Martin Owens, a California attorney specializing in Internet and Interactive Gaming law also dislikes Sessions bill, but for a different reason: "HR 6663 shares the same defect as all other anti-gambling legislation: It has no complaint against those that it can reach, and cannot reach those of whom it complains. A Vegas handicapper of my acquaintance told me that the gross amount bet on the 2007 Super Bowl alone was over $5 billion, and of that amount only about $300 million was legally wagered in Vegas. The rest, along with any potential government revenue deriving there from, went straight to the dark side."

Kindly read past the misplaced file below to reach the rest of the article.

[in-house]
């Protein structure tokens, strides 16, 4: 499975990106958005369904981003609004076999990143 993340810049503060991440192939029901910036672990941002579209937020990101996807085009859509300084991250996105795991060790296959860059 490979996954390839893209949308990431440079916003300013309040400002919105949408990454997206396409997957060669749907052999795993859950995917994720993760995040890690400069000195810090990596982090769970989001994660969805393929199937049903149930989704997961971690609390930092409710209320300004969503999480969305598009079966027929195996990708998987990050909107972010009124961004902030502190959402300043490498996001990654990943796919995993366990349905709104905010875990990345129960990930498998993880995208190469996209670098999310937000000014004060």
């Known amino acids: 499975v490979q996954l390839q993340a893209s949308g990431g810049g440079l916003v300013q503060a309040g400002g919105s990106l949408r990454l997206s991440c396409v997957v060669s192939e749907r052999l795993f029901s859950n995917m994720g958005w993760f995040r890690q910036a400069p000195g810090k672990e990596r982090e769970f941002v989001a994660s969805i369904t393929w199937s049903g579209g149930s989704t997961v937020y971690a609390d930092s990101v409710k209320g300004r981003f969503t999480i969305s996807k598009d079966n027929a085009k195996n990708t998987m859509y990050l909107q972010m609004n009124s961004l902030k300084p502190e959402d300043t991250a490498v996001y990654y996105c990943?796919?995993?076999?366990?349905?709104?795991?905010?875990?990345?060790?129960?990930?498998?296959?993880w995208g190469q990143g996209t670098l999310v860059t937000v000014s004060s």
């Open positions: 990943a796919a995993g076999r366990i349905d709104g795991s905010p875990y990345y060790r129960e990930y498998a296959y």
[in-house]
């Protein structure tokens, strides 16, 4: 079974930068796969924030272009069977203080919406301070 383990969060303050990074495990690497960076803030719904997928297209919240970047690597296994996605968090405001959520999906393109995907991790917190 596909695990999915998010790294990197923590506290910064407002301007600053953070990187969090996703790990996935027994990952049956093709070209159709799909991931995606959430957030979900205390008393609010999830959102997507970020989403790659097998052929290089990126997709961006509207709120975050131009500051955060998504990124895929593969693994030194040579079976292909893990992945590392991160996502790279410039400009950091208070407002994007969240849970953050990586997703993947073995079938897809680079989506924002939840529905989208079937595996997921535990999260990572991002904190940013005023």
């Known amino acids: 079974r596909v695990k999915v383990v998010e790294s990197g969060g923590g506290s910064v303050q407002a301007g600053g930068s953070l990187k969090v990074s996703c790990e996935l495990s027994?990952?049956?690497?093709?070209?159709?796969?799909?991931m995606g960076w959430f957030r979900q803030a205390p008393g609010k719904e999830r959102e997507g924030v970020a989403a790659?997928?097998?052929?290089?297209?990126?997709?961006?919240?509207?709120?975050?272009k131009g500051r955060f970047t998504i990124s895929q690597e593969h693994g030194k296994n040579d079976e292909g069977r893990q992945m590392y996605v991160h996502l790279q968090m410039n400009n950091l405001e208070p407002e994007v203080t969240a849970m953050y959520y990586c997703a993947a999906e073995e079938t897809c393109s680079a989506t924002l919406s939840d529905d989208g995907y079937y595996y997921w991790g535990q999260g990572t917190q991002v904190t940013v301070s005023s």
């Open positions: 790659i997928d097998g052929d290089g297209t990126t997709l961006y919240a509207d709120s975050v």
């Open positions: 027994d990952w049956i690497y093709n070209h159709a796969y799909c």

The belief that sports betting is somewhat seedy and doesn't deserve the same treatment as the gentile game of poker stems back to the days of yore. Instead of identifying sports betting with the likes of William Hill, Ladbrokes, Betfair or even Caesar's Palace which are very well respected companies, most politicians and the average American still seem to equate sports betting with Al Capone and Bugsy Seigel. Until recently even poker had that stigma attached to it, but the expansion of the World Series of Poker, which saw common Americans (Chris Moneymaker, Greg Raymond etc.) win millions from online qualifying, and the daily telecasts of poker tournaments seems to have swayed most Americans' view of the game. It's easy for a politician or the DOJ to convince the public that online sports betting is affiliated with the mafia if the sports betting operators aren't on TV every day, but it's hard to draw the conclusion that Phil Ivey, Jennifer Harman or even Gabe Kaplan are seedy when people see them on TV all the time and know they are not gangsters. It's ironic that in Europe and Australia the opposite is true. Overseas, gaming regulators seem to feel that sports betting is the most honest form of betting and leads to the least amount of addiction and hence should be treated with more respect than poker or casino games. In England betting shops like William Hill or Ladbrokes are strewn throughout the cities and people walk in them without hesitation or embarrassment. Most of the seedy gambling in England is still generally in the poker rooms. As well, in Europe sports leagues are working with the sports books to try and track any unusual betting patterns to ensure the integrity of games. It seems in England, countrymen who may have equated sports betting with the mob at one time now view it as just another honest business since it was legalized and regulated.